Now DP Ruto is locked out of official residence

Deputy President William Ruto

The tribulations facing Deputy President William Ruto appear to mount with each passing day, after it emerged that he was denied access to his official residence in Mombasa on Wednesday.

Multiple sources in the DP’s and President Uhuru Kenyatta’s circles intimated to the Sunday Nation that the relationship between the two has irretrievably broken down, despite their half-hearted attempts to project an image of solidarity in public.

Sources revealed that Mr Ruto arrived in Mombasa at midmorning on Wednesday and proceeded to attend to his scheduled business of the day.

In the evening, he was scheduled to spend the night at the newly-refurbished former Coast Provincial Commissioner’s official residence.

The house was converted to the DP’s official house in a bid to cut costs when the DP travels to the coast region.

In the evening, at around 4pm, he retreated to the residence, where he found staff packing his personal belongings, which had been lodged there earlier in the day in anticipation that he would spend the night there.


According to sources, the DP was taken aback by the turn of events and, upon further inquiry, he was told that government staff had received instructions to remove Mr Ruto’s personal effects from the house.

“His personal clothes and other personal belongings had already been put in various rooms. It is essentially a home and, therefore, his personal effects were in place that morning. Around 4pm, a call came from a senior government official to the government employees there that all the DP’s personal effects should be removed. It was shocker,” said a source.

Mr Ruto was forced to look for accommodation at English Point Marina in Nyali, where he spent the night. He came back to Nairobi the following day.

When contacted for comment, his deputy spokesman Emmanuel Talaam was cagey about the events of that day. “I have no idea why the DP has not moved into the house,” he said.

“He spent (the night) at his usual place when in Mombasa, which is at the English Point Marina. The DP’s residence is complete and ready to be occupied. Probably someone is unhappy that the DP will have a base to coordinate his activities at the coast if he moves in. It is all politics,” he said.


Coast Regional Commissioner John Elungata did not respond to our phone calls and text messages sent to his phone.

Government spokesperson Col (Rtd) Cyrus Oguna refused to be drawn into the matter.

“There are more critical issues to be addressed and that to me is a non-issue. Whether the DP is moving in today or tomorrow in my view is not an area of discussion. I would have hoped you asked me about the rains which have subsided or the locusts’ issue. There are very critical things you can focus on,” he said.

State House Spokesperson Kanze Dena directed us back to Mr Ruto’s communication team for comment.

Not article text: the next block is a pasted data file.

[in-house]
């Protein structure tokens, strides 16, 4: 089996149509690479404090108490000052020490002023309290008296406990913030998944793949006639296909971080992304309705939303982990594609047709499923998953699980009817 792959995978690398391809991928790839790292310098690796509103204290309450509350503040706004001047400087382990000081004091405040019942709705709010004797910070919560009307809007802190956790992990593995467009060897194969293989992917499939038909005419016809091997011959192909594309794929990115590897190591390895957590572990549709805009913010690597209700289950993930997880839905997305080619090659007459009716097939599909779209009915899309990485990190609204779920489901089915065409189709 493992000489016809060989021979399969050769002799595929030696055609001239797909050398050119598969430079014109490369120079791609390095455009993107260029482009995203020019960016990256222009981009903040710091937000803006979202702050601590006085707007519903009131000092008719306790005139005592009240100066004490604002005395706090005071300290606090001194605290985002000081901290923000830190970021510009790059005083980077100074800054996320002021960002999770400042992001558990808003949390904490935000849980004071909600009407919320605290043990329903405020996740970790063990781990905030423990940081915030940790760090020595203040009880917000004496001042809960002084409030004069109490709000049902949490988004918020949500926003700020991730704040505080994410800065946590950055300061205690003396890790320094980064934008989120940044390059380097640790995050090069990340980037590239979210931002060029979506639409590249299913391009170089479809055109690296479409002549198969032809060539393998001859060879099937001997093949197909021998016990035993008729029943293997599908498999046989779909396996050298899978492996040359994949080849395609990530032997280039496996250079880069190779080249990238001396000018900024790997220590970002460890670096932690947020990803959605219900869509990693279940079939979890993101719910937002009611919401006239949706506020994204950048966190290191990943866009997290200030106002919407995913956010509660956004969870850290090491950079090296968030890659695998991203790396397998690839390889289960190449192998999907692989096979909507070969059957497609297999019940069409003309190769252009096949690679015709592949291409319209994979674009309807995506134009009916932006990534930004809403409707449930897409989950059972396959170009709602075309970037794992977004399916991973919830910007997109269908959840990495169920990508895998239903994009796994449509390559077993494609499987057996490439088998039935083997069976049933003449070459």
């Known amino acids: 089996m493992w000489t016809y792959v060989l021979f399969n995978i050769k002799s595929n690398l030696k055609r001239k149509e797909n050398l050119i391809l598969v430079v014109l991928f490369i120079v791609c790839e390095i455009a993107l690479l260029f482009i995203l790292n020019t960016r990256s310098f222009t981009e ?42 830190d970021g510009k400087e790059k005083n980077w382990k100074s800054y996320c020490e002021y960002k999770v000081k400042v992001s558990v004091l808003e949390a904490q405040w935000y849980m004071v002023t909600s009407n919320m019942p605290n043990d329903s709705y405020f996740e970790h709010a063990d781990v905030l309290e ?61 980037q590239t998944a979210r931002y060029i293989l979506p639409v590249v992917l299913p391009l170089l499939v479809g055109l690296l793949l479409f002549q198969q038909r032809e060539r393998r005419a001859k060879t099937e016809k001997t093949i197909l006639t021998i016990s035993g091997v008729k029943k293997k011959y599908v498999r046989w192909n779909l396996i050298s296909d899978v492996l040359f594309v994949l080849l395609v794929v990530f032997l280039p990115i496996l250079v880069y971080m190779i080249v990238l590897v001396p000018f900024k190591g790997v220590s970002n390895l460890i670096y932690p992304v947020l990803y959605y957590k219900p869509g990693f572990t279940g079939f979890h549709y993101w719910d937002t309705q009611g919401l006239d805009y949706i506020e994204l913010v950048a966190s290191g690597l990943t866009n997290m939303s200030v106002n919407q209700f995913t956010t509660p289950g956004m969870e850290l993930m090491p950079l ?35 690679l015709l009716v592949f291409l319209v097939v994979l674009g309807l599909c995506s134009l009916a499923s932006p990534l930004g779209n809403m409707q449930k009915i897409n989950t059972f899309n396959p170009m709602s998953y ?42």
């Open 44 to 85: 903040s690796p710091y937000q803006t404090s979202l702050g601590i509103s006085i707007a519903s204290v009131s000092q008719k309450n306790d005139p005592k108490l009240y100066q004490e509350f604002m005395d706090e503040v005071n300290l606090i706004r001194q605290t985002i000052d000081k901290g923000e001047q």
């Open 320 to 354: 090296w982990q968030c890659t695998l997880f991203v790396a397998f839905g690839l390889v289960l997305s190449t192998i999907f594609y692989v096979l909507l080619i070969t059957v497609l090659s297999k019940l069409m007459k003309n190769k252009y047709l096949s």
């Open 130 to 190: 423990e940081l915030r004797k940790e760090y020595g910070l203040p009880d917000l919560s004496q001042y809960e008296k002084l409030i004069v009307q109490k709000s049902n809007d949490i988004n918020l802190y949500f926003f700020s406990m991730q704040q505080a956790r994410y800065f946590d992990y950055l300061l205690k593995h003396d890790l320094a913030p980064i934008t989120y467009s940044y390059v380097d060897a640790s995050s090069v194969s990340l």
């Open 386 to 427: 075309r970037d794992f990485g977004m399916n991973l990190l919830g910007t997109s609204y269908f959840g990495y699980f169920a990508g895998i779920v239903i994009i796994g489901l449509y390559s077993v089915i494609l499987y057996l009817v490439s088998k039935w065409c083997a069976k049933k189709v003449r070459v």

In 2018, the government resolved to spend Sh152.4 million to refurbish the DP’s second official home in Mombasa County before the 2022 general elections.

In November 2018, the Office of the Deputy President (ODP) hired a contractor to upgrade the former residence of the Coast PC and turn it into the DP’s official home.

Mr Samuel Kilele, a former Coast PC and regional coordinator, was the last occupant of the house.


The refurbishment was overseen by Mr Shadrack Mwadime, the secretary of administration in the ODP.

During official working tours in the Coast region, Mr Ruto was expected to stay at the new residence as opposed to beach hotels as has been the case in the past.

In Nairobi, he has preferred to reside at his private home instead of the palatial official Karen property that sits on a 10-acre tract.

The Deputy President uses the Sh400 million Karen residence for official functions, especially the hosting of political delegations.

The recent treatment and humiliation the DP has been receiving at the hands of his juniors mirrors the treatment that the men around Mzee Jomo Kenyatta meted out on his Vice President Daniel Arap Moi in the 1970s as Kenyatta’s succession heated up.

Though Mr Moi went on to be President for 24 years, from 1978 to 2002, in the last two years before he succeeded Kenyatta he went through a baptism by fire.

Moi endured humiliation, some of it physical, from opponents, who included powerful men who had access to Kenyatta, even junior police officers.


British author Andrew Morton, in his authorised biography on Moi, noted that Mr Moi was twice assaulted by Mr James Mungai, a senior police commandant in the then Rift Valley Province during the Kenyatta era.

But even in the face of the humiliation Mr Ruto has been receiving lately from government functionaries, it is not lost on political observers that Mr Kenyatta, unlike his predecessors, does not have the option of sacking his deputy, since they were elected on a joint ticket.

Sources said that the two still exchange customary phone calls but don’t talk daily as it used to be during their better days.

The closest the public has seen that all is not well was at the launch of Building Bridged Initiative (BBI) report in November last year when President Kenyatta allowed the DP to speak before ODM leader Raila Odinga, going against protocol.

At the burial of Mathira MP Rigathi Gachagua’s mother Martha Kirigo Gachagua this week, the DP chastised Kieni MP Kanini Kega for stating that he had been sent by the President with a Sh500,000 donation for the grieving family.

Ordinarily, Mr Ruto would be the one to represent the President at such functions.



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